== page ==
Jupiter is the largest planet in our Solar System, and aside from Earth and perhaps Saturn it’s also the most recognizable. But unlike Earth or Saturn, Jupiter’s personality doesn’t come from massive oceans or a series of iconic rings; Jupiter’s rolling clouds and its massive storm, called the Great Red Spot, is what really sets the planet apart from its peers. Now, NASA’s Juno spacecraft has gotten its best look yet at the never-ending storm and discovered that it’s even more epic than previously thought.
Upon observing the storm up close, Juno sent back data that scientists have used to make some impressive deductions about the storm’s actual size. We’ve known for some time that the storm is wider than the entirety of Earth, but determining how deep it actually extends into the planet’s atmosphere has always been debatable. Thanks to Juno, we now know that the rapidly-moving, swirling clouds stretch 200 miles deep. That’s one big storm.
“Juno found that the Great Red Spot’s roots go 50 to 100 times deeper than Earth’s oceans and are warmer at the base than they are at the top,” Andy Ingersoll, a professor of planetary science at Caltech, explains. “Winds are associated with differences in temperature, and the warmth of the spot’s base explains the ferocious winds we see at the top of the atmosphere.”
Nobody knows for sure how long the Great Red Spot has been raging on Jupiter, but most researchers agree that it’s been swirling for at least 350 years. More recent observations of the huge storm suggest that it’s beginning to wane, if ever so slightly, with its overall size decreasing by around one-third in the past few decades. However, because scientists still understand very little about what drives the storm it’s impossible to say whether the spot is indeed sputtering out or simply going through a quiet period from which it will emerge even stronger and larger than before.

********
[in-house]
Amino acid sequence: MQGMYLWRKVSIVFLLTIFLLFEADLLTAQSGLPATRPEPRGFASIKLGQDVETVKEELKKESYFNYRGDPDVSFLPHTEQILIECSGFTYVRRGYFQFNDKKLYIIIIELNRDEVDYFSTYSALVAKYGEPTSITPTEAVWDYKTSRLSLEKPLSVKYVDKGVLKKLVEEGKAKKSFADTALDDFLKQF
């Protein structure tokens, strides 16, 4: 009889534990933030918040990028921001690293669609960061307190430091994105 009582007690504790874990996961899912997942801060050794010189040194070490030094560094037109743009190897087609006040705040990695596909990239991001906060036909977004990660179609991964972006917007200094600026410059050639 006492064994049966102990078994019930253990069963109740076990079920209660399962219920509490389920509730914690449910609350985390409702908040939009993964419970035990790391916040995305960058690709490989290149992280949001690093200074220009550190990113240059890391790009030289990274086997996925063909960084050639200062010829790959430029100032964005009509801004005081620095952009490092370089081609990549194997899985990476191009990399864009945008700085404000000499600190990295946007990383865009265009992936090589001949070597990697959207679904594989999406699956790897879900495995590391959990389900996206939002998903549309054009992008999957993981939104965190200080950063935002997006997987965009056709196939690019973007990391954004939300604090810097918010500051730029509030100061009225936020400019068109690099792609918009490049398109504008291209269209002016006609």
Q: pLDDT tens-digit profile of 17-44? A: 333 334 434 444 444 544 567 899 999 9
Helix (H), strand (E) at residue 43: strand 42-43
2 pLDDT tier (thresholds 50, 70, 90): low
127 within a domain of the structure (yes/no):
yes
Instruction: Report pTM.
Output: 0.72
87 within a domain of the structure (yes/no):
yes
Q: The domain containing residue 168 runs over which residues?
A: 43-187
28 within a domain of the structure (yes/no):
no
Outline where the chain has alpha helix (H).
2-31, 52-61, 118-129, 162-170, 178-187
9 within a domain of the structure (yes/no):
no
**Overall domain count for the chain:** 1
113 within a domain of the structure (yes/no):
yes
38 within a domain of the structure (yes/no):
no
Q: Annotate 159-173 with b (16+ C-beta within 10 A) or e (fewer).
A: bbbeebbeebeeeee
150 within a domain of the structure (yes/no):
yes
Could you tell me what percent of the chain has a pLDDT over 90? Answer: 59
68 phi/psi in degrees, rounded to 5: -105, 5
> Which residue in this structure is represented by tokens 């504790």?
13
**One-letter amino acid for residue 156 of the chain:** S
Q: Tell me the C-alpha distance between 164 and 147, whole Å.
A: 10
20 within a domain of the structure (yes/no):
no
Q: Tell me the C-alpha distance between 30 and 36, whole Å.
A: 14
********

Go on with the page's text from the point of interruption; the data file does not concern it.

Juno just wrapped up its eighth flyby of Jupiter which NASA calls “science passes,” meaning that all of its instruments are up and running for observation. Its ninth is slated to take place on December 16th. The spacecraft is nearing the end of its initial mission timeframe, but as its hardware appears to still be in great shape, it’s likely that it will get a new lease on life with extended mission goals to follow.